What's this bulletin about?
Microsoft Security Bulletin MS00-081 announces the availability of a patch that eliminates a vulnerability in Microsoft® virtual machine (Microsoft VM). Microsoft is committed to protecting customers' information,and is providing the bulletin to inform customers of the vulnerability and what they can do about it.
What's the scope of the vulnerability?
This is a new variant of the "VM File Reading" vulnerability discussed in Microsoft Security Bulletin MS00-011. Like the original vulnerability, the new variant would allow a malicious web site to read - but not to change, add or delete - files from the computer of a person who visited his site or read web content from inside an intranet if the malicious site is visited by a computer from within that intranet.
The patch provided in the Patch Availability section of this bulletin provides protection against all known variants of the vulnerability. As a result, customers who previously installed the patch provided in MS00-011 should also install the patch provided here. However, customers who have not installed the MS00-011 patch only need to install the one provided here in order to be fully protected against both variants.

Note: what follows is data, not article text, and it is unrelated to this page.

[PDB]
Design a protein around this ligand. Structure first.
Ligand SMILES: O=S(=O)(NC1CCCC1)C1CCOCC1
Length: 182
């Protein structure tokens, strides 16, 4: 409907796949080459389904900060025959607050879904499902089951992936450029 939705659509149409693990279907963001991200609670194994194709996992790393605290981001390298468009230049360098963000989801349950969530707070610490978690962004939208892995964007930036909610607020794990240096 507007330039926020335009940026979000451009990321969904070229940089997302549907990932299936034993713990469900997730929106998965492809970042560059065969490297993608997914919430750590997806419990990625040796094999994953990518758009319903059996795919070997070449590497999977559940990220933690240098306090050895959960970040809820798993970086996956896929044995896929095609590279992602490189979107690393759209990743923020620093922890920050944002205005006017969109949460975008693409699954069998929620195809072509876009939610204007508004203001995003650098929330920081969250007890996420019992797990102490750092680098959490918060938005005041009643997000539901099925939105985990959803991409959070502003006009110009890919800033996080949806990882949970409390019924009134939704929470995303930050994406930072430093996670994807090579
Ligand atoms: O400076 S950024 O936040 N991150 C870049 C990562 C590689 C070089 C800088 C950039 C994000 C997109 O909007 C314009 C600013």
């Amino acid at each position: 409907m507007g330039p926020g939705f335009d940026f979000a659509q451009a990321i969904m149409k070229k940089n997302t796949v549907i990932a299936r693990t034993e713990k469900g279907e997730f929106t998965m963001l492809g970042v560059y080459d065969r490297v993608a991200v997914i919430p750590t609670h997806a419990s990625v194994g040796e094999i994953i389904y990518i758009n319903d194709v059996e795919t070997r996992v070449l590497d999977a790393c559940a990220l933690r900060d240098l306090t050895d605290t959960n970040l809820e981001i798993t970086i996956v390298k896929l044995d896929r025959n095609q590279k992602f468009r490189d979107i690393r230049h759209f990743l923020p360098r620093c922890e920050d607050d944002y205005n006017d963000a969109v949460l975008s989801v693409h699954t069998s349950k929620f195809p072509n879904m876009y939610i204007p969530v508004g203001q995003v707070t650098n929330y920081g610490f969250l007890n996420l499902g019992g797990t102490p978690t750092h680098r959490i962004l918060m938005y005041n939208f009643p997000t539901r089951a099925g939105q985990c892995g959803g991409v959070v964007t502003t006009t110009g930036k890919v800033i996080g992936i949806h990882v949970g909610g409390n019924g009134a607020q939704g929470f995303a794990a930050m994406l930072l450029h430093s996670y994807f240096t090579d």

Are all Java programs affected by this vulnerability?
No. There are two general classes of Java programs: Java applications, which are hosted on the same machine they run on, and Java applets, which are hosted on web sites and run on user's computers when they visit the site. Only Java applets are affected by this vulnerability.
Because Java applets are untrusted code, they are treated differently than Java applications. They are run within a virtual machine that uses a "sandbox" to restrict what they can do. In general, the sandbox is designed to prevent a Java applet from taking any inappropriate actions on the user's computer. The vulnerability at issue here involves a flaw in the sandbox.
What is the vulnerability?
Among the inappropriate actions that the sandbox should prevent a Java applet from taking is reading files on the user's computer. However, through a complex series of steps, it is possible for an applet to bypass this restriction. The applet could not change, add or delete files, but could send the contents of the files it read back to the web site.
How does the new variant differ from the original variant?